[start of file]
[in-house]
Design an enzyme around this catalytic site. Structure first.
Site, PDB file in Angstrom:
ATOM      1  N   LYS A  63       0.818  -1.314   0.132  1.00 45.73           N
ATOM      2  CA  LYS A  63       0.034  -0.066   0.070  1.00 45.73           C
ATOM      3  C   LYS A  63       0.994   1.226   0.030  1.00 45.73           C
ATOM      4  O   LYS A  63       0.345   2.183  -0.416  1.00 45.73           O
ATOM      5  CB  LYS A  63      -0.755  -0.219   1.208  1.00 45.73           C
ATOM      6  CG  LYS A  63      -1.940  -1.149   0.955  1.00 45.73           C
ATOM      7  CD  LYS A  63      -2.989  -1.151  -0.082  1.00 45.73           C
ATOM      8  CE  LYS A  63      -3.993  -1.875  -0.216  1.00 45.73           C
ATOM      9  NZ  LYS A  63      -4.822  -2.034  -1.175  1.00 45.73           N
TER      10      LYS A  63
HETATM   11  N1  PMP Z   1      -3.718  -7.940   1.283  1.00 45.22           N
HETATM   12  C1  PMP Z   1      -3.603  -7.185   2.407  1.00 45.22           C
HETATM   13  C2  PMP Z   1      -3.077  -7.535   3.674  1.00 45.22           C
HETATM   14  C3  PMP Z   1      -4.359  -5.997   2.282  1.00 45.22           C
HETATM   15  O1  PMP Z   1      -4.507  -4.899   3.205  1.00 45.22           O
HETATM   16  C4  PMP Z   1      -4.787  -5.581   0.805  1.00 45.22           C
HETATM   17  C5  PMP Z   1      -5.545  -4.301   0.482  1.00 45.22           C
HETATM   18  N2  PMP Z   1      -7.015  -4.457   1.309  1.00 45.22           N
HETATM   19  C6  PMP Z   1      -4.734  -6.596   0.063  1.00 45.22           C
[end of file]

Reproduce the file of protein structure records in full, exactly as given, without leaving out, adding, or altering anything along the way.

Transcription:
[in-house]
Design an enzyme around this catalytic site. Structure first.
Site, PDB file in Angstrom:
ATOM      1  N   LYS A  63       0.818  -1.314   0.132  1.00 45.73           N
ATOM      2  CA  LYS A  63       0.034  -0.066   0.070  1.00 45.73           C
ATOM      3  C   LYS A  63       0.994   1.226   0.030  1.00 45.73           C
ATOM      4  O   LYS A  63       0.345   2.183  -0.416  1.00 45.73           O
ATOM      5  CB  LYS A  63      -0.755  -0.219   1.208  1.00 45.73           C
ATOM      6  CG  LYS A  63      -1.940  -1.149   0.955  1.00 45.73           C
ATOM      7  CD  LYS A  63      -2.989  -1.151  -0.082  1.00 45.73           C
ATOM      8  CE  LYS A  63      -3.993  -1.875  -0.216  1.00 45.73           C
ATOM      9  NZ  LYS A  63      -4.822  -2.034  -1.175  1.00 45.73           N
TER      10      LYS A  63
HETATM   11  N1  PMP Z   1      -3.718  -7.940   1.283  1.00 45.22           N
HETATM   12  C1  PMP Z   1      -3.603  -7.185   2.407  1.00 45.22           C
HETATM   13  C2  PMP Z   1      -3.077  -7.535   3.674  1.00 45.22           C
HETATM   14  C3  PMP Z   1      -4.359  -5.997   2.282  1.00 45.22           C
HETATM   15  O1  PMP Z   1      -4.507  -4.899   3.205  1.00 45.22           O
HETATM   16  C4  PMP Z   1      -4.787  -5.581   0.805  1.00 45.22           C
HETATM   17  C5  PMP Z   1      -5.545  -4.301   0.482  1.00 45.22           C
HETATM   18  N2  PMP Z   1      -7.015  -4.457   1.309  1.00 45.22           N
HETATM   19  C6  PMP Z   1      -4.734  -6.596   0.063  1.00 45.22           C